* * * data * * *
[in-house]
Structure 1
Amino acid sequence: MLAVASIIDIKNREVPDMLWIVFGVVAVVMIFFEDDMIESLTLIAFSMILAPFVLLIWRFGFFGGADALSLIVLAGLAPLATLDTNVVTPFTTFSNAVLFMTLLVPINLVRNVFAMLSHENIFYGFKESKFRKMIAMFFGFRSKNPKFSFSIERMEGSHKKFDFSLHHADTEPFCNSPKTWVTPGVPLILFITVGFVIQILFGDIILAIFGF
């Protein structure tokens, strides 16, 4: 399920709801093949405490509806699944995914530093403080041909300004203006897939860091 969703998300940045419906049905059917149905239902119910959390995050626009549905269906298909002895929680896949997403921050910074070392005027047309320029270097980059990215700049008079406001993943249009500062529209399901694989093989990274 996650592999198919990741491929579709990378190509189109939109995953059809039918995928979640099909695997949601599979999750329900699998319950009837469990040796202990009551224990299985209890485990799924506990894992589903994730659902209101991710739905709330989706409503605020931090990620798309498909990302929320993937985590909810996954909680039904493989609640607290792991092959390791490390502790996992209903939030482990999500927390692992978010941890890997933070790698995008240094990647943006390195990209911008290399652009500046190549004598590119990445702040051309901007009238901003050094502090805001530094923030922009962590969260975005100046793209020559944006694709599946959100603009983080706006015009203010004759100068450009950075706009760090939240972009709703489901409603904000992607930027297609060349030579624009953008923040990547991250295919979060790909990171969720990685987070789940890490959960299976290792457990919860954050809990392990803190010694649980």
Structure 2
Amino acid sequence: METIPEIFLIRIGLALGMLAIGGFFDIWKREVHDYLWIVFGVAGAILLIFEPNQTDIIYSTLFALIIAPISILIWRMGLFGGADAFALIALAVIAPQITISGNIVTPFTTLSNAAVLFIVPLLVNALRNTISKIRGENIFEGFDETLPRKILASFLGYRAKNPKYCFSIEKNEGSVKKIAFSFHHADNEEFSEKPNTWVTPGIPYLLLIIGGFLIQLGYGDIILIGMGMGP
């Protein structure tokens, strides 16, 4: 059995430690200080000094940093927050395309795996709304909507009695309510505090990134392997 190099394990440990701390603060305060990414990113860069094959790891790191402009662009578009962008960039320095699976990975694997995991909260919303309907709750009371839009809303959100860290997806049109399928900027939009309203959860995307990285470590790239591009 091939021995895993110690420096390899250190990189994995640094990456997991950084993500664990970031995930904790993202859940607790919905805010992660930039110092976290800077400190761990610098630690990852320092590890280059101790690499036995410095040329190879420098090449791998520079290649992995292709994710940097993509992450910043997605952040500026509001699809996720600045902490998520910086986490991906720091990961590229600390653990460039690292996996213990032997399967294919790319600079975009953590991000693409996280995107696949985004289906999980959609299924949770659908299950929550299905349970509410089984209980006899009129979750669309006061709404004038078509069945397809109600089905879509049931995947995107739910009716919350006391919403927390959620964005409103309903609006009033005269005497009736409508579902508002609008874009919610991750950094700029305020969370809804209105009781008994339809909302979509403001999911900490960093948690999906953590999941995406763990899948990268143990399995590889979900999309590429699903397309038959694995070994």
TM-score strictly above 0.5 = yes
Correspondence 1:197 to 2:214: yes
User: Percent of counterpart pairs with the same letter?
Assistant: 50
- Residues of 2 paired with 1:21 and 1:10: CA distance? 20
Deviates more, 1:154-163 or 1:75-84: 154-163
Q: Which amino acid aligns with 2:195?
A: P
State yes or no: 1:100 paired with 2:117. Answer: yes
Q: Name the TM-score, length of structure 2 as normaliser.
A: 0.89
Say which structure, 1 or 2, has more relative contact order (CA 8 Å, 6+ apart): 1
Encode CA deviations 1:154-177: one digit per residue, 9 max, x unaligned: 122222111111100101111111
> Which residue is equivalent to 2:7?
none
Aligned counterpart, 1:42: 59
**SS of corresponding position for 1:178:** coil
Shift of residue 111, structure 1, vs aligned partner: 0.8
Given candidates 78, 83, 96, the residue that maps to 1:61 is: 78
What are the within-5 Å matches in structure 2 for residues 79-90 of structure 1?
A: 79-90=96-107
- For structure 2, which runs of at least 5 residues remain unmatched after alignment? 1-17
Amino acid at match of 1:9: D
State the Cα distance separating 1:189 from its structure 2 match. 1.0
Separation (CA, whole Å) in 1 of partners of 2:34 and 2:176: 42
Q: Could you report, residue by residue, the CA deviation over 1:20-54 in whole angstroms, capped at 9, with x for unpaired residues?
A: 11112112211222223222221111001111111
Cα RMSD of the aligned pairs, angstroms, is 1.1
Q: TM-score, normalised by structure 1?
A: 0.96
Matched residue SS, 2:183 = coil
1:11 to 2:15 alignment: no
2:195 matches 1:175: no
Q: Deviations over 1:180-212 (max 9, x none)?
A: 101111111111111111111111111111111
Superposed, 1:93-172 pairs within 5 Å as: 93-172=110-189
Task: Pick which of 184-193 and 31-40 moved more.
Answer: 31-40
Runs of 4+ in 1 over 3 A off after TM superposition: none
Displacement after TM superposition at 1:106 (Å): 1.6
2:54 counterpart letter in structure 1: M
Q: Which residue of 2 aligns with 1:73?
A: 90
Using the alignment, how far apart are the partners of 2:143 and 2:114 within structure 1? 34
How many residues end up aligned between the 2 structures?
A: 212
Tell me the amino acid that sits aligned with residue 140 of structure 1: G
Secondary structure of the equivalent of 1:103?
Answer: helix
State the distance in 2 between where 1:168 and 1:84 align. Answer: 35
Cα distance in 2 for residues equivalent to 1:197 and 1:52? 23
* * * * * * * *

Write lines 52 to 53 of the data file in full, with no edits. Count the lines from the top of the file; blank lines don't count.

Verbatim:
How many residues end up aligned between the 2 structures?
A: 212